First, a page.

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Comments

Is it just me or does it seem like MotoGP is trying to make GP more like F1. In F1 each team is required to build its own chassis and they have the opportunity to lease engines from one of several manufacturers. Doesn't it seem like Moto2 is designed to further such systemic changes?

The class was designed to allow private teams to experiment with chassis construction, electronics, and suspension setups so they can develop the expertise needed to build and a rolling chassis. The next major change in the sport after the announcement of Moto2 was the announcement of the engine leasing program---Moto2 and the engine leasing program seem to be intertwined. I think Dorna have given up fighting the manufacturers about the capacity, but I do believe that Dorna and the IRTA are both hugely dissatisfied with the cost of satellite bikes and the results that can be achieved with inferior equipment in the 800cc era.

I'm beginning to think that Moto2 was not the MSMA's baby; instead, a love child between Dorna and the IRTA who are trying to wrestle some of the power back from the MSMA. One of the most important sources of power the IRTA will have in Moto2 will be the ability to get the top talent under contract before the MSMA can get them under contract. Obviously, that arrangement is useless if you run satellite bikes b/c your contracted riders will still be looking for a way out of your team.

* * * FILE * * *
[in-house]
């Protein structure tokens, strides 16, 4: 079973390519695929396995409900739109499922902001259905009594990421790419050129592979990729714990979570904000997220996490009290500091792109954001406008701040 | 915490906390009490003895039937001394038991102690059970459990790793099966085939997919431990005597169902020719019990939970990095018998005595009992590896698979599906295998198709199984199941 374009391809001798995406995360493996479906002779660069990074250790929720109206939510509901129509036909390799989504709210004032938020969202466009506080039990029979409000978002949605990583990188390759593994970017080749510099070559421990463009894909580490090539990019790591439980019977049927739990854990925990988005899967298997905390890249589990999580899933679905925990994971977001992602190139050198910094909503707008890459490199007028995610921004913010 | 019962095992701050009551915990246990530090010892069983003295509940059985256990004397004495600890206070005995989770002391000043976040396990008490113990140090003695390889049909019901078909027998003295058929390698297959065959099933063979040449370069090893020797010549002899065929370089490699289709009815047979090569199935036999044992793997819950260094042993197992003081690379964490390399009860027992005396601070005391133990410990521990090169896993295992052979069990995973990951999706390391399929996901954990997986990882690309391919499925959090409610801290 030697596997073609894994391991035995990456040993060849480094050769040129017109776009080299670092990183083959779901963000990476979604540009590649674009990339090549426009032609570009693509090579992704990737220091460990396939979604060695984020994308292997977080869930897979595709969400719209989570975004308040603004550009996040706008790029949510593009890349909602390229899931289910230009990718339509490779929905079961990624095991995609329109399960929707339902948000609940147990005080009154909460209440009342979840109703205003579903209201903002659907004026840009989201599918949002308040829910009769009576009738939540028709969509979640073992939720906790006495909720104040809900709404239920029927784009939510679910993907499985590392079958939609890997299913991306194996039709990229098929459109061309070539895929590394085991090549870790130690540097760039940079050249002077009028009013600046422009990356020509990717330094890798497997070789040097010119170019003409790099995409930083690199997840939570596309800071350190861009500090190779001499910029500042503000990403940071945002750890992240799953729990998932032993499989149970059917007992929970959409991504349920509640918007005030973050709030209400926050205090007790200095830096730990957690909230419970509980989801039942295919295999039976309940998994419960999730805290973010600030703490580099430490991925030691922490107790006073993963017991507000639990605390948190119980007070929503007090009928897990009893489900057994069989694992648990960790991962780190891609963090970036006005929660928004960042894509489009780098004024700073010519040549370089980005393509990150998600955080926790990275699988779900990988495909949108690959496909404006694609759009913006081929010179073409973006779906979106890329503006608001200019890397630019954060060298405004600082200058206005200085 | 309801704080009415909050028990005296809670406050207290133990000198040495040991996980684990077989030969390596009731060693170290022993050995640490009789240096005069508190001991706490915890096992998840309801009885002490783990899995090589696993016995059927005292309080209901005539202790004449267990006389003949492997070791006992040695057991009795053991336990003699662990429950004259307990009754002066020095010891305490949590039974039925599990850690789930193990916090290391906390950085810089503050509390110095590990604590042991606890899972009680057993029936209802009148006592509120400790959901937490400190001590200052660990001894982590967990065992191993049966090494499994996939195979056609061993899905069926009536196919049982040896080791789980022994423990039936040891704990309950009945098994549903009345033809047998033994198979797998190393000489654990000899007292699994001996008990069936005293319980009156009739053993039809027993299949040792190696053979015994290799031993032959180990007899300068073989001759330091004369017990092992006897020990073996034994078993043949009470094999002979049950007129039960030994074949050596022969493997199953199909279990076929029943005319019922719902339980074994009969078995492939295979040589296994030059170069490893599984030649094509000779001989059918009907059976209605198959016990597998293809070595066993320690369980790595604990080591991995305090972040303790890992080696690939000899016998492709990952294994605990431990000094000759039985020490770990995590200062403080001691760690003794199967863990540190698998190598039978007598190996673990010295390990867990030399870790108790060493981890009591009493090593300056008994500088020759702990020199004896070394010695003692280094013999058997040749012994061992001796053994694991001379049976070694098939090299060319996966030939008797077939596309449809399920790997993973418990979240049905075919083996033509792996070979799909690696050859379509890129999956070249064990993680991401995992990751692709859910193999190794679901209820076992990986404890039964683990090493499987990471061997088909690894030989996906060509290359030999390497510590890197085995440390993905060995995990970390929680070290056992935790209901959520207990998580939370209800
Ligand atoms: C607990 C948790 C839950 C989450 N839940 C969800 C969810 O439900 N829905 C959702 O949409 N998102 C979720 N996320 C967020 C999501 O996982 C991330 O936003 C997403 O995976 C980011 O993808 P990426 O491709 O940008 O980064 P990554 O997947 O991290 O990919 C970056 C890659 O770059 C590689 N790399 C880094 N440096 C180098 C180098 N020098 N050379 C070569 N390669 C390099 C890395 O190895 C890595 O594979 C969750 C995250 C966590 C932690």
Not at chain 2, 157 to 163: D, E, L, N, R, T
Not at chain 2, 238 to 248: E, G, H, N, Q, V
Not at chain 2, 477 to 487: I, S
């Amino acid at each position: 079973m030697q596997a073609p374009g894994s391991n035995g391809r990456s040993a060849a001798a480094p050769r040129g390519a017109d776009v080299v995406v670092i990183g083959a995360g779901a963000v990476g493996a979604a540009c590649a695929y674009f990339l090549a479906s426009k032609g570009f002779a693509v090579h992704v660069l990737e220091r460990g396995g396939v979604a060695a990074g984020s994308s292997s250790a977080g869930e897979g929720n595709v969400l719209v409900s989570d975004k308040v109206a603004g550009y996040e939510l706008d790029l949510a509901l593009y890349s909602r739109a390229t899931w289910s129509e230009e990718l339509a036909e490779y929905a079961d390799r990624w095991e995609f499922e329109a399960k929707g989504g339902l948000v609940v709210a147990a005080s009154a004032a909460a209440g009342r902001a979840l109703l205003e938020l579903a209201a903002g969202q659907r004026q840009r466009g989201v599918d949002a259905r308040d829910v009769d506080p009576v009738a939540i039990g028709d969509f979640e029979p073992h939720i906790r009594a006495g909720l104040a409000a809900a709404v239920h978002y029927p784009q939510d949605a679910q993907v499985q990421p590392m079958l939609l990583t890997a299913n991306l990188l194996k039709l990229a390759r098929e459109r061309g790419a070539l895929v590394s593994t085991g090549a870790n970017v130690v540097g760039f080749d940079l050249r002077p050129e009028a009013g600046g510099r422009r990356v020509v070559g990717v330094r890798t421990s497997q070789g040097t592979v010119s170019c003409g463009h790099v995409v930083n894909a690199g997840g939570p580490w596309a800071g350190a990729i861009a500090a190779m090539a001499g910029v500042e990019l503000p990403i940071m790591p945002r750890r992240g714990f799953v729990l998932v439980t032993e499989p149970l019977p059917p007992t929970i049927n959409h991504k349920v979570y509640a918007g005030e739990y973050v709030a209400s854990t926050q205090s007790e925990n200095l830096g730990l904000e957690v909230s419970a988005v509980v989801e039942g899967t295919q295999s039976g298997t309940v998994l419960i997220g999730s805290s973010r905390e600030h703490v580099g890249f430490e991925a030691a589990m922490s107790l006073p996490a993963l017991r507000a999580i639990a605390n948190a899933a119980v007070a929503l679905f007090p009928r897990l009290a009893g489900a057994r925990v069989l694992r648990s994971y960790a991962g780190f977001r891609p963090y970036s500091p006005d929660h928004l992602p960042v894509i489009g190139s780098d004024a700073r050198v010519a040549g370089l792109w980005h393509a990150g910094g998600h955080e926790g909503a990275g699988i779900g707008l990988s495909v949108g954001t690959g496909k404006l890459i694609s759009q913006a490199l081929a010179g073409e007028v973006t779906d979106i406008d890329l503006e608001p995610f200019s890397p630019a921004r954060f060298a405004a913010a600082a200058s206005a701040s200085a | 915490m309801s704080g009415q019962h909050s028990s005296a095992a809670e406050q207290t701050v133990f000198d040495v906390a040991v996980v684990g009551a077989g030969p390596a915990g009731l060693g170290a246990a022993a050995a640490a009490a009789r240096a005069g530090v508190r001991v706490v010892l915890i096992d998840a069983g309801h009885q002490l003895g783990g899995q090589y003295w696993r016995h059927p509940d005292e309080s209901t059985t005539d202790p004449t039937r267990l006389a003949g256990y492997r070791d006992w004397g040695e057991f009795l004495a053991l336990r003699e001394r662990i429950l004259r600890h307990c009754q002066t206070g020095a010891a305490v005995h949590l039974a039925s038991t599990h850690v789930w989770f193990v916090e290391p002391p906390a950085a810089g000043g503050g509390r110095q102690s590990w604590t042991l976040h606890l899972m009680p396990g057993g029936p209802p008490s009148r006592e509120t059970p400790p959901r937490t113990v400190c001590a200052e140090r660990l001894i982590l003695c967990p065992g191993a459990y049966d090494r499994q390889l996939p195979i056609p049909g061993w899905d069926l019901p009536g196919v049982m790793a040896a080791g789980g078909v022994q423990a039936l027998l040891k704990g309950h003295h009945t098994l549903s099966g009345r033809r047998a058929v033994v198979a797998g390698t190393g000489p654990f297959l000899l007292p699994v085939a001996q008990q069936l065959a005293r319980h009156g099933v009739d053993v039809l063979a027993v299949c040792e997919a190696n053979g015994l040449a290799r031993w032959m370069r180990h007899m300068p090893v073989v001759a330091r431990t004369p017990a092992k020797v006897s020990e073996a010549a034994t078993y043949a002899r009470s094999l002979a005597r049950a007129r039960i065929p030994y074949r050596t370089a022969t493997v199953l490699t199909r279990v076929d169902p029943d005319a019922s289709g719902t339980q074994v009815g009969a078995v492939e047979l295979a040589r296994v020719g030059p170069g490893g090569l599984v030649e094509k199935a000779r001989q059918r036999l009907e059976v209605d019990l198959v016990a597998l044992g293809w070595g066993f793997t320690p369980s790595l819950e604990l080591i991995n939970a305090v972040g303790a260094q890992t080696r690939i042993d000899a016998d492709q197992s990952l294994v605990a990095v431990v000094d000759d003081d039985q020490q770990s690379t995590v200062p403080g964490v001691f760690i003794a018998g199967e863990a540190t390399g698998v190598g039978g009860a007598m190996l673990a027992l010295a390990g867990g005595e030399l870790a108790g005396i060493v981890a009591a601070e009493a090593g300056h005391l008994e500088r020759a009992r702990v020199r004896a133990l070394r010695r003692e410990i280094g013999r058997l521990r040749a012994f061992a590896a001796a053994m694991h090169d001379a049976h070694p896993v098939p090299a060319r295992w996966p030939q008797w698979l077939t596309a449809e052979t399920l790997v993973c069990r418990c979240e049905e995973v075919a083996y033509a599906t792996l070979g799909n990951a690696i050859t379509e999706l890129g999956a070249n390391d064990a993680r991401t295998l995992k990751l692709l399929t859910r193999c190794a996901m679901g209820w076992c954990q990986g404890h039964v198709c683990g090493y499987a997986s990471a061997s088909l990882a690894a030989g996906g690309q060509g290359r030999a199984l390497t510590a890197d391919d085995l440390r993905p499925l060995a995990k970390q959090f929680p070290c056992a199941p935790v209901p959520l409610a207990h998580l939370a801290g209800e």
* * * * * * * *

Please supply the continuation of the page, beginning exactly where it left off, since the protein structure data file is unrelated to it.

Now I see why Herve was somewhat put off by Kropotkin's assertion that the factory teams would simply set up their own satellite teams. Herve's operation is largely controlled by Yamaha. He isn't worried about being replaced, he's worried about liberating himself from Yamaha. Moto2 was designed to give him the expertise he needed to make his own chassis, the engine leasing rule was designed to deliver the engines.

I think the big picture is starting to come together.

There may be 39 slots and another ten in reserve, but I don't think we'll see 10 rows on the starting grid. I'd guess closer to 30 with wild variations in successful packages, rider talent and combinations of the two. I'm not sure if this will make for a great show, disappointed teams that won't qualify or a disaster of back-markers. But it will almost certainly be interesting. Aprilia and Honda reached near parity through years of competition. And even now with a control engine there is probably more opportunity for the bike to matter. It will probably settle out after a year or two and I just hope that a default chassis doesn't result from too much imbalanced success. The opportunity for a wild card entry seems sadly impossible now. I'd like to see some solution for this.

With any amount of luck, the current paradigm will implode. No real changes of benefit will take place until something catastrophic happens. The current structure has run it's course.